Synopses & Reviews
The Din have been a pastoral people for as long as they can remember; but when livestock reductions in the New Deal era forced many into the labor market, some scholars felt that Navajo culture would inevitably decline. Although they lost a great deal with the waning of their sheep-centered economy, Colleen O'Neill argues that Navajo culture persisted.
O'Neill's book challenges the conventional notion that the introduction of market capitalism necessarily leads to the destruction of native cultural values. She shows instead that contact with new markets provided the Navajos with ways to diversify their household-based survival strategies. Through adapting to new kinds of work, Navajos actually participated in the "reworking of modernity" in their region, weaving an alternate, culturally specific history of capitalist development.
O'Neill chronicles a history of Navajo labor that illuminates how cultural practices and values influenced what it meant to work for wages or to produce commodities for the marketplace. Through accounts of Navajo coal miners, weavers, and those who left the reservation in search of wage work, she explores the tension between making a living the Navajo way and "working elsewhere."
Focusing on the period between the 1930s and the early 1970s—a time when Navajos saw a dramatic transformation of their economy—O'Neill shows that Navajo cultural values were flexible enough to accommodate economic change. She also examines the development of a Navajo working class after 1950, when corporate development of Navajo mineral resources created new sources of wage work and allowed former migrant workers to remain on the reservation.
Focusing on the household rather than the workplace, O'Neill shows how the Navajo home serves as a site of cultural negotiation and a source for affirming identity. Her depiction of weaving particularly demonstrates the role of women as cultural arbitrators, providing mothers with cultural power that kept them at the center of what constituted "Navajo-ness."
Ultimately, Working the Navajo Way offers a new way to think about Navajo history, shows the essential resilience of Navajo lifeways, and argues for a more dynamic understanding of Native American culture overall.
Noted tax economist Frederick C. Stocker has observed that the property tax "resembles a structure designed by a mad architect, erected on a shaky foundation by an incompetent builder, and made worse by the well-intentioned repair work of hordes of amateur tinkerers." While that may still be a popular view, Glenn Fisher suggests that the actual history of this much-maligned tax should make us less inclined to such easy ridicule.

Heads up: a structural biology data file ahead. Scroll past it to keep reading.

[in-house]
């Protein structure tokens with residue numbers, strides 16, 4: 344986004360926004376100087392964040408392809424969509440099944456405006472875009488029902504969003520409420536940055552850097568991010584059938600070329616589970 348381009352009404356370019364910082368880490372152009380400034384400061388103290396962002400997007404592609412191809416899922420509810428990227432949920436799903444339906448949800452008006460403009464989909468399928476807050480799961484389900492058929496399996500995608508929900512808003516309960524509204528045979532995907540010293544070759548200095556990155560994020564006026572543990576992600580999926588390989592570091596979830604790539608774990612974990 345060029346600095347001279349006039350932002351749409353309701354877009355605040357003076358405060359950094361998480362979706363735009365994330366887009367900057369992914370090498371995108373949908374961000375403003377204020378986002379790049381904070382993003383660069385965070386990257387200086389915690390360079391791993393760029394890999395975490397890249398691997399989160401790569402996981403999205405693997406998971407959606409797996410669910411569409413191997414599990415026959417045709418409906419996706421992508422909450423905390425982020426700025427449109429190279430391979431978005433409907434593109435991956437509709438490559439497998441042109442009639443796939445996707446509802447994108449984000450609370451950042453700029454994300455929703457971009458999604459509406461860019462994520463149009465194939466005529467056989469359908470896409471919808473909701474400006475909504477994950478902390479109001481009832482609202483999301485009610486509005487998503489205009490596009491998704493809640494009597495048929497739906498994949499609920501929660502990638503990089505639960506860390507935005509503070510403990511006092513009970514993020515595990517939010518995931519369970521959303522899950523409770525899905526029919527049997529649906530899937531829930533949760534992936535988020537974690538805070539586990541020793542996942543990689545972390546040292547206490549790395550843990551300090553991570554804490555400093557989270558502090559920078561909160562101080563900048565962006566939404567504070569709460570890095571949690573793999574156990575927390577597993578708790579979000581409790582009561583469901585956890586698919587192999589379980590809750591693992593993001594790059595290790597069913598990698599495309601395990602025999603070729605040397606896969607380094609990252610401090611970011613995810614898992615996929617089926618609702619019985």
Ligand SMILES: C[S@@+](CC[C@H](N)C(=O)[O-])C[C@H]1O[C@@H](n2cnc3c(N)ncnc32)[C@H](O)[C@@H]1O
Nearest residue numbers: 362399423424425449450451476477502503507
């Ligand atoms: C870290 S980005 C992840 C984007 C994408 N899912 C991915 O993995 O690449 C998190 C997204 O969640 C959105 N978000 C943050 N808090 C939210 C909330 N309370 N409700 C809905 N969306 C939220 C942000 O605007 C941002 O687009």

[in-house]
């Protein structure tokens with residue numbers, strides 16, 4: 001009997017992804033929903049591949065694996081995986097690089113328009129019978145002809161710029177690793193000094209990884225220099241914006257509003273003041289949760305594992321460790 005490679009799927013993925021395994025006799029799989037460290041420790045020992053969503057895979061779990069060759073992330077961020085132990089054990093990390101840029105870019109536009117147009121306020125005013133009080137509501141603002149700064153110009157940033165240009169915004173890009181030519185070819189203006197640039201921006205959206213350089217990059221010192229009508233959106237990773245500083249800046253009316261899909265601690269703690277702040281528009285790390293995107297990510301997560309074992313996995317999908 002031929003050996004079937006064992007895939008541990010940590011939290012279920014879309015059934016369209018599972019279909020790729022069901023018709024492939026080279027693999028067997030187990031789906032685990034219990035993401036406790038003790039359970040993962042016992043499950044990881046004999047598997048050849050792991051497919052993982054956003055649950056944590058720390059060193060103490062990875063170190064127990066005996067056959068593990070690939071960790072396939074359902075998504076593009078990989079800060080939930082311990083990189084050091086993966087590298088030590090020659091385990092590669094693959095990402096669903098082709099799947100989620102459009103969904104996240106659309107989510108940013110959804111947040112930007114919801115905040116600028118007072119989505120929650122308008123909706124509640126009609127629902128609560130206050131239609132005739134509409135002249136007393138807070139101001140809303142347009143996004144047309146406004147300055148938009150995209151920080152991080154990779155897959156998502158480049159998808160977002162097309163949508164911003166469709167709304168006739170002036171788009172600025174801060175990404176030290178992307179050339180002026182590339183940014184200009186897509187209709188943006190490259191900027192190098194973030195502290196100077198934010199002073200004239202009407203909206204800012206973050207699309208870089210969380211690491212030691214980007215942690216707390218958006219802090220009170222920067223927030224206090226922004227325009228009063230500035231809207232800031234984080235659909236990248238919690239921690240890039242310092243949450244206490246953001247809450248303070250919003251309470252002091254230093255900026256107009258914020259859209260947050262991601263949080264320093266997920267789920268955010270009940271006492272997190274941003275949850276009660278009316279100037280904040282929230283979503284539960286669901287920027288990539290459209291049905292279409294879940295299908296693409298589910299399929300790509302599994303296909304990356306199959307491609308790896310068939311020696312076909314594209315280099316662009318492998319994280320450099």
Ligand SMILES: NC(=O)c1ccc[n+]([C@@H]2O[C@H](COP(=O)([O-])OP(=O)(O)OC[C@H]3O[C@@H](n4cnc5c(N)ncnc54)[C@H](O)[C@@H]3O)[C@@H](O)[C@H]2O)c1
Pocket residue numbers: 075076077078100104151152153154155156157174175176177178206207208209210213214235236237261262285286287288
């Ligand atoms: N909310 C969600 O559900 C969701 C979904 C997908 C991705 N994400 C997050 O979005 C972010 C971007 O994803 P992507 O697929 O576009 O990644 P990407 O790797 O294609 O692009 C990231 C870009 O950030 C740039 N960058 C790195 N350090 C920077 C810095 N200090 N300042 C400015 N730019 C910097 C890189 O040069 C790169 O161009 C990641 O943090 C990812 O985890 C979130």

The frequent scapegoat of rebellious taxpayers, yet essential for the functioning of modern local governments, the property tax has a long and controversial history. Fisher's richly detailed account reveals the fundamental difficulties confronting all past attempts at designing an equitable and efficient system of property taxation during the past two centuries.
The general property tax-a locally administered tax ostensibly levied at equal rates on all wealth—evolved out of the struggle for political and economic equality in the early American republic. It was, as Fisher shows, consistent with Jacksonian democratic principles that kept the tax power decentralized, limited, and close to home, while producing sufficient revenue to support state and local government even in thinly populated frontier states.
But as new states and their constitutions emerged throughout the nineteenth century, many citizens criticized the Jacksonian approach for its inconsistencies and inequities. Advocating principles long-associated with Alexander Hamilton and the Federalists, these critics called for uniform taxes centrally administered by professional bureaucracies. This tension between Jacksonian and Hamiltonian principles is an integral part of Fisher's story and remains unresolved as our local governments continue to cope with the conflict between their revenue needs and the desire for equitable taxation.
Drawing upon economic, legal, political, and public administration perspectives, Fisher has fashioned an illuminating chronicle of popular government and intergovernmental relations (federal, state, and local) that will be of equal interest to scholars, students, local governments, and reform-minded taxpayers.
Table of Contents
Introduction: Navajo History and Western Capitalist Development
1. The DIne and the Dine Bkeyah: Navajo History and Navajoland
2. Mining Coal like Herding Sheep: Navajo Coal Operators in the mid-Twentieth Century
3. Weaving a Living: Navajo Weavers and the Trading Post Economy
4. Working for Wages the Navajo Way: Navajo Households and Off-Reservation Wage Work
5. Navajo Workers and White Man's Ways: Race, Sovereignty, and Organized Labor on the Navajo Reservation
6. Rethinking Modernity and the Discourse of Development in American Indian History: A Navajo Example